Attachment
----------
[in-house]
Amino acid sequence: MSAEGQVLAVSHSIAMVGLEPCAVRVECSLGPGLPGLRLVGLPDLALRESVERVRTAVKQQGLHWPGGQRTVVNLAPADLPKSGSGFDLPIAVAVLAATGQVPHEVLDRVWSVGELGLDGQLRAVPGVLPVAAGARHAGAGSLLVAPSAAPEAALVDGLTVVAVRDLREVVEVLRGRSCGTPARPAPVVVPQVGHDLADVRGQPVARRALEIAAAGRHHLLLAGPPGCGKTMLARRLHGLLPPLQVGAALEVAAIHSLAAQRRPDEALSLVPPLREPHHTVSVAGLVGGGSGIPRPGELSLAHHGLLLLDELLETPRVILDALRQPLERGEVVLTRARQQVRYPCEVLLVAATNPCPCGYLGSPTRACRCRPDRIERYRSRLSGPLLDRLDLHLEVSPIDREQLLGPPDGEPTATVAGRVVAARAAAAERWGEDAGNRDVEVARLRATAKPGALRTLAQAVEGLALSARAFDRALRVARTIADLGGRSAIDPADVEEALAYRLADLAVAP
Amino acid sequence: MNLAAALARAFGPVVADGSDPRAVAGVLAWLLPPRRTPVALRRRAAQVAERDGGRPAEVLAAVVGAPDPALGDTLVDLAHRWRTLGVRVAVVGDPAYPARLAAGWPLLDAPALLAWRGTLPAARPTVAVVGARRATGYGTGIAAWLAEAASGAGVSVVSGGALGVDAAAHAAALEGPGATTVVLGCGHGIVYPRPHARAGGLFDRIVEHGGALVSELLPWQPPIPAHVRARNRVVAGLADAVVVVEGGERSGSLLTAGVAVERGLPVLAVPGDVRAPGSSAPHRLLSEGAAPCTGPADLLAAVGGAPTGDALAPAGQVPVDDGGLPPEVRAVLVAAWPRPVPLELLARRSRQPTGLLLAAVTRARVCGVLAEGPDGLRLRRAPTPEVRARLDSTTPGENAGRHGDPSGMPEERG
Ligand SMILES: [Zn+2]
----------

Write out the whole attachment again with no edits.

[in-house]
Amino acid sequence: MSAEGQVLAVSHSIAMVGLEPCAVRVECSLGPGLPGLRLVGLPDLALRESVERVRTAVKQQGLHWPGGQRTVVNLAPADLPKSGSGFDLPIAVAVLAATGQVPHEVLDRVWSVGELGLDGQLRAVPGVLPVAAGARHAGAGSLLVAPSAAPEAALVDGLTVVAVRDLREVVEVLRGRSCGTPARPAPVVVPQVGHDLADVRGQPVARRALEIAAAGRHHLLLAGPPGCGKTMLARRLHGLLPPLQVGAALEVAAIHSLAAQRRPDEALSLVPPLREPHHTVSVAGLVGGGSGIPRPGELSLAHHGLLLLDELLETPRVILDALRQPLERGEVVLTRARQQVRYPCEVLLVAATNPCPCGYLGSPTRACRCRPDRIERYRSRLSGPLLDRLDLHLEVSPIDREQLLGPPDGEPTATVAGRVVAARAAAAERWGEDAGNRDVEVARLRATAKPGALRTLAQAVEGLALSARAFDRALRVARTIADLGGRSAIDPADVEEALAYRLADLAVAP
Amino acid sequence: MNLAAALARAFGPVVADGSDPRAVAGVLAWLLPPRRTPVALRRRAAQVAERDGGRPAEVLAAVVGAPDPALGDTLVDLAHRWRTLGVRVAVVGDPAYPARLAAGWPLLDAPALLAWRGTLPAARPTVAVVGARRATGYGTGIAAWLAEAASGAGVSVVSGGALGVDAAAHAAALEGPGATTVVLGCGHGIVYPRPHARAGGLFDRIVEHGGALVSELLPWQPPIPAHVRARNRVVAGLADAVVVVEGGERSGSLLTAGVAVERGLPVLAVPGDVRAPGSSAPHRLLSEGAAPCTGPADLLAAVGGAPTGDALAPAGQVPVDDGGLPPEVRAVLVAAWPRPVPLELLARRSRQPTGLLLAAVTRARVCGVLAEGPDGLRLRRAPTPEVRARLDSTTPGENAGRHGDPSGMPEERG
Ligand SMILES: [Zn+2]